As the college bowl season comes to a close, our honorary addition to the coverage of NFL prospects is Tajae Sharpe. UMass is not bowl eligible since they only have eight wins in the four years Sharpe played for them. Despite this, we’re going to act as if it’s the 1972 Boardwalk Bowl.
My early strategy for most rookie drafts in 2016 is to trade down and pick up extra second and third round picks. Tajae Sharpe is one of a number of productive players I am targeting in that area. Sharpe is the nineteenth receiver in the Rotoviz Scouting Index, and early estimates seem to put Sharpe somewhere between the third and fifth round of the NFL Draft. While Sharpe is by no means a perfect prospect, he offers much more than his current price would suggest.
Sharpe was Immediately Effective in College
If you’ve read Shawn Siegele’s excellent piece on breakout age, you know it is an important part of evaluating a receiver. Sharpe’s age-adjusted production is on par with the best from this draft class. In His true sophomore season, he had 36 percent of the Minutemen’s receiving yards and 44 percent of their receiving touchdowns. It’s also worth noting that Sharpe’s raw stats have improved through his career and he ended 2015 with 1319 yards (or 45 percent of the Minutemen’s receiving yards). His immediate production in college is a good sign for his ability to transition into the NFL.1
Sharpe looks to be a low cost option if you are unable to draft Tyler Boyd. Boyd, Rashard Higgins, and Sharpe are all players that are tall (with listings between 6 feet 2 inches and 6 feet 4 inches), but light (with listings between 185 and 200 pounds). All three additionally posted their most dominant seasons before 2015. When we get down to it, I see Rashard Higgins as Tyler Boyd arbitrage and Tajae Sharpe as Rashard Higgins arbitrage. This draft is unique in that, if you wanted, you could theoretically select similar players in three different rounds of this rookie draft.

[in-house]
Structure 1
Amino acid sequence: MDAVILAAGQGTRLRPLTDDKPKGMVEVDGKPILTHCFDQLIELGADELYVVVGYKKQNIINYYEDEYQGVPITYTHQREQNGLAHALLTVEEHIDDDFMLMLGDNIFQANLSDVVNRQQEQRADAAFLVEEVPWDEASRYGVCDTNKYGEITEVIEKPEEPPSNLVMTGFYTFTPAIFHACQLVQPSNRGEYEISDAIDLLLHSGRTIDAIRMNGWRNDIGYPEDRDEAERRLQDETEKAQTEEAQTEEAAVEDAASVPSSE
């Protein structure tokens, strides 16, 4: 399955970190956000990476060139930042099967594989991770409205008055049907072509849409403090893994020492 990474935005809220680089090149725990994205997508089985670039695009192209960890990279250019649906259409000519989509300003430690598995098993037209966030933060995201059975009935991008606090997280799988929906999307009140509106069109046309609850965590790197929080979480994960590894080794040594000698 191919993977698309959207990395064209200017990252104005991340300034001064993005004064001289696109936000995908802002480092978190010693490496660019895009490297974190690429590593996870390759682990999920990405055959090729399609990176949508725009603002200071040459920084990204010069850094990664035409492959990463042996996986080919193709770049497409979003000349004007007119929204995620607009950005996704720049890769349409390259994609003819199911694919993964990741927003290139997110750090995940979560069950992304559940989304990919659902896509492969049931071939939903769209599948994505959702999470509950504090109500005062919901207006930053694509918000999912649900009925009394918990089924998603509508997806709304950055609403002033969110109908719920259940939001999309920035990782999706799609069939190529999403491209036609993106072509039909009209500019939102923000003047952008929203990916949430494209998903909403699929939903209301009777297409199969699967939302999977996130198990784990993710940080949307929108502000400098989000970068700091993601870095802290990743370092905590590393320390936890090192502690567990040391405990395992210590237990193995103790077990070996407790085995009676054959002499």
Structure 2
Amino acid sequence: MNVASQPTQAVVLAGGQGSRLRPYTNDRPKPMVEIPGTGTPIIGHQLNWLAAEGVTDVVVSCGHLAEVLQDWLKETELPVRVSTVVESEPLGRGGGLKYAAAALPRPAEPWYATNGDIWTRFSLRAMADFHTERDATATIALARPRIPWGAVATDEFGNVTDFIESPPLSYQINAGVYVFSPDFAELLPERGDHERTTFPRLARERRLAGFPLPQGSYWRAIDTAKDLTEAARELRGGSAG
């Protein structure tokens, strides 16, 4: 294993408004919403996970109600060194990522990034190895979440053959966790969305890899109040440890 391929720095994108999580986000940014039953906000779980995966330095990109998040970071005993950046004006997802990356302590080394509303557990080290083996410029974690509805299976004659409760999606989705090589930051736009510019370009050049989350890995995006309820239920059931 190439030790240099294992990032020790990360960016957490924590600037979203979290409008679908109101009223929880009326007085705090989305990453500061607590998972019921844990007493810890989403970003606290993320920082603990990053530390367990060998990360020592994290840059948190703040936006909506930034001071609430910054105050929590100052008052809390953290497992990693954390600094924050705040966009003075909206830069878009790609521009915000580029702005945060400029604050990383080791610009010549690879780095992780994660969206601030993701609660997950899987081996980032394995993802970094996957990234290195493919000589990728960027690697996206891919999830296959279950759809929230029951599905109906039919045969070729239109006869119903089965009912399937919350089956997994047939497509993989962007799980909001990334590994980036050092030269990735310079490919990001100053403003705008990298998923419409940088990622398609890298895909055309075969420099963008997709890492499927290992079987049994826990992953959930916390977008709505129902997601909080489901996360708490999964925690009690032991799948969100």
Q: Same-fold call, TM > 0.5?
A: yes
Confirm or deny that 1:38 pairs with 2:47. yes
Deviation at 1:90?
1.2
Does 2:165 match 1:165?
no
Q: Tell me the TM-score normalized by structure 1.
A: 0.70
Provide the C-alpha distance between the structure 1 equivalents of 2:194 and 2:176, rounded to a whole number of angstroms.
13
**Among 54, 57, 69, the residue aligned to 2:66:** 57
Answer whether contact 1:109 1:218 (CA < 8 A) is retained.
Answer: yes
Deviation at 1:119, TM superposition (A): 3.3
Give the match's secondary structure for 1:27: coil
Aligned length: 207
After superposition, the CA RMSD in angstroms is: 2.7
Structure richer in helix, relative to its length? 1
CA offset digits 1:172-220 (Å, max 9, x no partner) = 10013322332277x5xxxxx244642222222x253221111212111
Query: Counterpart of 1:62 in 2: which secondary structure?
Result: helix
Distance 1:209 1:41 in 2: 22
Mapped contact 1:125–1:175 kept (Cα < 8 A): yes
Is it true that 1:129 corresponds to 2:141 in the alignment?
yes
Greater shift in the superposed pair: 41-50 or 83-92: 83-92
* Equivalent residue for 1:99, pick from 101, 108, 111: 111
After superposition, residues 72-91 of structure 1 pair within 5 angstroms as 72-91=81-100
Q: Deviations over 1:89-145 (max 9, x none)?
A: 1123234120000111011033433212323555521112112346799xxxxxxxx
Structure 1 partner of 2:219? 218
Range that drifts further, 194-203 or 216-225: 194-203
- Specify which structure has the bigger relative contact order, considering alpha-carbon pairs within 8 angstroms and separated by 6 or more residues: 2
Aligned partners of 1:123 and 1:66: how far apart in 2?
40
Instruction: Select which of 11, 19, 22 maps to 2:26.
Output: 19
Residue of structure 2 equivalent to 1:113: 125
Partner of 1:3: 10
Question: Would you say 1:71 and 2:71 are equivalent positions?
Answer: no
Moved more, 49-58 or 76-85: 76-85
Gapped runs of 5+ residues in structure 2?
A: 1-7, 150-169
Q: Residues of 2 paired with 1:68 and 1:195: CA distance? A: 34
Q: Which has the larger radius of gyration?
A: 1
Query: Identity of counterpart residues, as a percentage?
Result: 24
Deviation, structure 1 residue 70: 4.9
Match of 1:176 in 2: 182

Even though Sharpe has a strong production profile, a concern of mine is Sharpe’s efficiency metrics.
Higgins is easily the most efficient of the three, as Sharpe and Boyd are two of the least efficient receivers in this class. This lack of efficiency is concerning for Sharpe in particular, as I am doubtful that he will receive anything close to 176 targets in the NFL. While Boyd may have the benefit of a team investing an early round draft pick, Sharpe will have difficulty if he is not able to be efficient with limited opportunity as a potential third-day selection.
…Which are Mitigated by Lack of Risk
Sharpe is an excellent example of a player I wouldn’t target as heavily if he were a first round pick in the NFL draft. When I look at early-round talent, I focus on weaknesses or the risks that players carry. This is because safety is incredibly important when using valuable resources. This is true of redraft, a dynasty startup, or a rookie draft. For late-round picks, I am more likely to overlook player weaknesses and instead target players with unique strengths. Sharpe absolutely has strengths that are rare to find in the third round of rookie drafts. It isn’t often that you have the opportunity to obtain a receiver in the third round of rookie drafts that broke out while he was still eighteen years old, has posted a 0.4 Dominator Rating, and has a season with over 1300 yards receiving. Because of this, Tajae Sharpe is more than worth the minimal risk involved.
- DR stands for Dominator Rating, the average of market share of receiving yards and market share of receiving touchdowns. (back)